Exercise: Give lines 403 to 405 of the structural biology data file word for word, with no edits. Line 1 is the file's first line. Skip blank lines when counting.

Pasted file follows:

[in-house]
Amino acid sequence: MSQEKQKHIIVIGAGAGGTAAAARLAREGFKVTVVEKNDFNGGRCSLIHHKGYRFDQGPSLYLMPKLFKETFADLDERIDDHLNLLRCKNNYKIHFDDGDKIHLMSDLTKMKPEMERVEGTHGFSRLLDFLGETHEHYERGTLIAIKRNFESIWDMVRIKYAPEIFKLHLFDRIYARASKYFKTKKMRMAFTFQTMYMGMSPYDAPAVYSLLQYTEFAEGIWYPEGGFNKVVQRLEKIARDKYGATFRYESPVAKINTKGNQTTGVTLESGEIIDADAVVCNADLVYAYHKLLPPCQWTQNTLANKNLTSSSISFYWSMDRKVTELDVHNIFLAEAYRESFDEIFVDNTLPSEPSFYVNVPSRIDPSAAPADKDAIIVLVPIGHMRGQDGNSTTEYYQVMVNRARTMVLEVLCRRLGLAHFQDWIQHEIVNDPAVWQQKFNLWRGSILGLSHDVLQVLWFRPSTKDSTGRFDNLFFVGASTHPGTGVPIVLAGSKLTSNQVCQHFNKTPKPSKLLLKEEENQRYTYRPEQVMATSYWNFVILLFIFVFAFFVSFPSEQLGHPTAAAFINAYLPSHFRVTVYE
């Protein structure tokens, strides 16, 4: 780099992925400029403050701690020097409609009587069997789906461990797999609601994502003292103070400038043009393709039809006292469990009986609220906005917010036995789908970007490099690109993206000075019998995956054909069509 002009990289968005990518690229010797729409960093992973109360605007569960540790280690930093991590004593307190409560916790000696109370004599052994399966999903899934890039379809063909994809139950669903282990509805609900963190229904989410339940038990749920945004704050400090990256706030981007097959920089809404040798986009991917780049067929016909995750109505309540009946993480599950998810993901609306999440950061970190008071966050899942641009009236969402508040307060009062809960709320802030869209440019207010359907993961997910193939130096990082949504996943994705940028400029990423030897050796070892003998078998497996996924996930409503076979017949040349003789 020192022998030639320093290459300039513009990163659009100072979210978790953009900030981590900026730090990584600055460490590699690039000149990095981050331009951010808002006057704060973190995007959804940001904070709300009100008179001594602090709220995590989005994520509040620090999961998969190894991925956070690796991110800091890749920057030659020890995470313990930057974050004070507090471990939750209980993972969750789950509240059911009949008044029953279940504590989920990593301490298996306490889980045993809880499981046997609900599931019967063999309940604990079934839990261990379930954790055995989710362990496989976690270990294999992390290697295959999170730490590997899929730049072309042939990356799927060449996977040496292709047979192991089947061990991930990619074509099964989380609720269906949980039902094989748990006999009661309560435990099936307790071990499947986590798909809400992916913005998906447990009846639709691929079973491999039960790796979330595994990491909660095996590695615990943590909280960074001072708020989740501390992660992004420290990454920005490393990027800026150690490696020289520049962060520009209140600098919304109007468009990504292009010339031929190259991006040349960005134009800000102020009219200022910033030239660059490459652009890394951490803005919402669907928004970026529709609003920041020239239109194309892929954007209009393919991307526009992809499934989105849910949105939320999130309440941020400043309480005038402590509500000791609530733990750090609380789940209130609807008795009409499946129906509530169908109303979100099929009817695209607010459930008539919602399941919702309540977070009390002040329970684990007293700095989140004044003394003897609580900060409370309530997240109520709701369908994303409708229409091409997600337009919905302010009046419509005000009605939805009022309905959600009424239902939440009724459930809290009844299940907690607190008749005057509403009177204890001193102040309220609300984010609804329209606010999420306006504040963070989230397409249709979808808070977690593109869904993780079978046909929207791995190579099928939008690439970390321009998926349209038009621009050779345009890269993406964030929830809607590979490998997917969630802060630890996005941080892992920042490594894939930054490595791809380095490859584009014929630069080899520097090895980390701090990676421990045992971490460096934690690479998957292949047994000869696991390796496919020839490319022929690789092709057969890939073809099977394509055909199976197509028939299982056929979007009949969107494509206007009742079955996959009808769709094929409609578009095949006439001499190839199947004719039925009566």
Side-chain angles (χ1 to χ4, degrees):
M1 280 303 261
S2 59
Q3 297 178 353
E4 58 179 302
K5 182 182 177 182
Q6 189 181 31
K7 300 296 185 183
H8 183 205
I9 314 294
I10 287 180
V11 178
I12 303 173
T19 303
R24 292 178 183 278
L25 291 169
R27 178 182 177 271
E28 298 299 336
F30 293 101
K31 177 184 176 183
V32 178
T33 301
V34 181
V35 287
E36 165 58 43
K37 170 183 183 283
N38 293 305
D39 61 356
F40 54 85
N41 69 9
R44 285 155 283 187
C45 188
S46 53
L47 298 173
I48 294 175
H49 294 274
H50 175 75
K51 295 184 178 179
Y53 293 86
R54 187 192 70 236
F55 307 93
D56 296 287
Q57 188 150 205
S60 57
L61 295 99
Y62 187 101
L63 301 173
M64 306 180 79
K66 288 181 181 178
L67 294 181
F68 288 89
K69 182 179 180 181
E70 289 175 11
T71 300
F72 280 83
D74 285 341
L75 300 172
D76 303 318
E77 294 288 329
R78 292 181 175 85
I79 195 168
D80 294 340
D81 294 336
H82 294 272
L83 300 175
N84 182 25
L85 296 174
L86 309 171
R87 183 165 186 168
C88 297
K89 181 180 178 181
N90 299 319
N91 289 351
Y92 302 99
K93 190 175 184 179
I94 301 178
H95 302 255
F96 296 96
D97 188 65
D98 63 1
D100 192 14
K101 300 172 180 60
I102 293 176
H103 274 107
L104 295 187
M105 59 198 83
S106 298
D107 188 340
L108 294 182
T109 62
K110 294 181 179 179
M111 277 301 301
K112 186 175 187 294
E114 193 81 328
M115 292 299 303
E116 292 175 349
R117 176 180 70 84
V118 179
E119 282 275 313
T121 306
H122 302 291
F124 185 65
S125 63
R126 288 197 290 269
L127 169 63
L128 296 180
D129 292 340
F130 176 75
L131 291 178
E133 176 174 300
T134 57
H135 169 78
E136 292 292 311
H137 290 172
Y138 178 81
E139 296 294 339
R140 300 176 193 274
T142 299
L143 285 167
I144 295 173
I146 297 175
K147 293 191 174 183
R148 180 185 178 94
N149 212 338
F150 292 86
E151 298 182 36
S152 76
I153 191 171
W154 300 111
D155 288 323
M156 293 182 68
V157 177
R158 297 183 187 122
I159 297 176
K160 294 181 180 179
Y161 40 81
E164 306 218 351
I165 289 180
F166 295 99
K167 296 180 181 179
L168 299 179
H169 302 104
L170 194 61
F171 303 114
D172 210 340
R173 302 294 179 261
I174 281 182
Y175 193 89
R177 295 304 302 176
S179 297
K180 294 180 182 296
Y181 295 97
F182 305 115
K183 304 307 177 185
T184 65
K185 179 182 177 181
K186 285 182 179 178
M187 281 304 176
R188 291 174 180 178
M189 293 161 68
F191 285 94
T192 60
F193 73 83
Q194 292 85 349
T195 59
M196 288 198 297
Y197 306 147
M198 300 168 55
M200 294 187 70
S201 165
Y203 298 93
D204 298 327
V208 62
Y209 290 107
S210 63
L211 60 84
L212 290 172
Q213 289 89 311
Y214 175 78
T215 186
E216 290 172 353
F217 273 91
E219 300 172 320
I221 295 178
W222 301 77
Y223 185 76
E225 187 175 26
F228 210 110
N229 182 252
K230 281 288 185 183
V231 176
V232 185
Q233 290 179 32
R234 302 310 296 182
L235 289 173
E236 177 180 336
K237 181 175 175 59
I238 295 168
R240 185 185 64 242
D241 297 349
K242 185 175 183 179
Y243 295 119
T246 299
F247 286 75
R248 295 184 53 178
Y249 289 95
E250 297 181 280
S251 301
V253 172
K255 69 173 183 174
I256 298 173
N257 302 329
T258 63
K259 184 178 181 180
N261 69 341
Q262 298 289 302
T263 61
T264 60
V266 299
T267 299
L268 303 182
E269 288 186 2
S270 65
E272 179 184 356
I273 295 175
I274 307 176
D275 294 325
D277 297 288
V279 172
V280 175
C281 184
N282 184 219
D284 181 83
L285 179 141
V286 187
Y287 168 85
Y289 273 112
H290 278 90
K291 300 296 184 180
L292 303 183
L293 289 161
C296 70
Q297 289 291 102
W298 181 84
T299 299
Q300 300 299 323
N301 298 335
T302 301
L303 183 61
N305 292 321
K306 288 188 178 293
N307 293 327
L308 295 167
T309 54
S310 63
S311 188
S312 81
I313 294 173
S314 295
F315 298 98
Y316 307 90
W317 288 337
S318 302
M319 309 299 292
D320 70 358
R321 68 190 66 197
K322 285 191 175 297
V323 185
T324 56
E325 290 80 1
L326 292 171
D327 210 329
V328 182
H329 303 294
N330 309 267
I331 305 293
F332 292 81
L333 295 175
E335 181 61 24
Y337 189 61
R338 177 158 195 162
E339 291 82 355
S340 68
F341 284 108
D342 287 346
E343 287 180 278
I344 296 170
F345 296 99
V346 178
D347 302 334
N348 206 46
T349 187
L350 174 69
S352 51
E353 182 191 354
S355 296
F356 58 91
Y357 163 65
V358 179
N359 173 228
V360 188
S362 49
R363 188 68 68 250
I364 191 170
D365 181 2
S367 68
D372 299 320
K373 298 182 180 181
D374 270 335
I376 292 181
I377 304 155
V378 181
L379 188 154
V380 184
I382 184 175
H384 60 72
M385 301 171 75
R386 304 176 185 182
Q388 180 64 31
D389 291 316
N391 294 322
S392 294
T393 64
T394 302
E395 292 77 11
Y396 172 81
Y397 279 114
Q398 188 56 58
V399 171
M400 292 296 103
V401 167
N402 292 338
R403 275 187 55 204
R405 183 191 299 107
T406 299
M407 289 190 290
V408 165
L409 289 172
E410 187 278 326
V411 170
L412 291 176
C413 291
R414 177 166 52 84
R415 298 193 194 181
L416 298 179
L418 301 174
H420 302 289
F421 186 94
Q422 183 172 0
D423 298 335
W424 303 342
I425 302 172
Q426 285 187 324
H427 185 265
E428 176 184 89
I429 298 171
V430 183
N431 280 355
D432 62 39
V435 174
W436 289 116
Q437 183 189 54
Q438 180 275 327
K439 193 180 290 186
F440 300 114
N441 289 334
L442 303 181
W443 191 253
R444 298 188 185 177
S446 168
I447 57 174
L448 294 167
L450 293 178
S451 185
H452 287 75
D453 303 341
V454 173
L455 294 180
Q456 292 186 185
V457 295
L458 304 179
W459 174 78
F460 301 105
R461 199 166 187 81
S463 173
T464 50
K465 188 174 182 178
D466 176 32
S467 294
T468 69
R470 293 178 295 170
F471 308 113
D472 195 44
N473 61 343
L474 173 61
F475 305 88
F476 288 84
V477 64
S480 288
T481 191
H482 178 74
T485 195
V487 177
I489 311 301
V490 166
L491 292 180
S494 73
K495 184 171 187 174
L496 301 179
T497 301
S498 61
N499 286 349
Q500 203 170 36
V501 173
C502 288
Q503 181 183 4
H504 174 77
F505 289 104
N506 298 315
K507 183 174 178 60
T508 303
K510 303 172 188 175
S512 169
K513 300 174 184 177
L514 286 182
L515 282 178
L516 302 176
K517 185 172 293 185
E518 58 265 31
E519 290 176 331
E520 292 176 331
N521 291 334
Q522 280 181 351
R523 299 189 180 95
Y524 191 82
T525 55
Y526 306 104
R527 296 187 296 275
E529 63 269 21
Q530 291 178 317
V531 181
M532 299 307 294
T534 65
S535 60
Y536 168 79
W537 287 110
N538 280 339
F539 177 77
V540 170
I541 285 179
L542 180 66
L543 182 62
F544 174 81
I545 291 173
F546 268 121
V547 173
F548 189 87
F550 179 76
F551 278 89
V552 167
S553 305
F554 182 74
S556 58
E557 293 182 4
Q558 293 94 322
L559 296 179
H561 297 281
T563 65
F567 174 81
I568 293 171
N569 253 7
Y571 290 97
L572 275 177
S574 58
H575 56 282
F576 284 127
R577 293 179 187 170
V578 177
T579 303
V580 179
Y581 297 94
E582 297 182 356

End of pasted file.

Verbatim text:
T481 191
H482 178 74
T485 195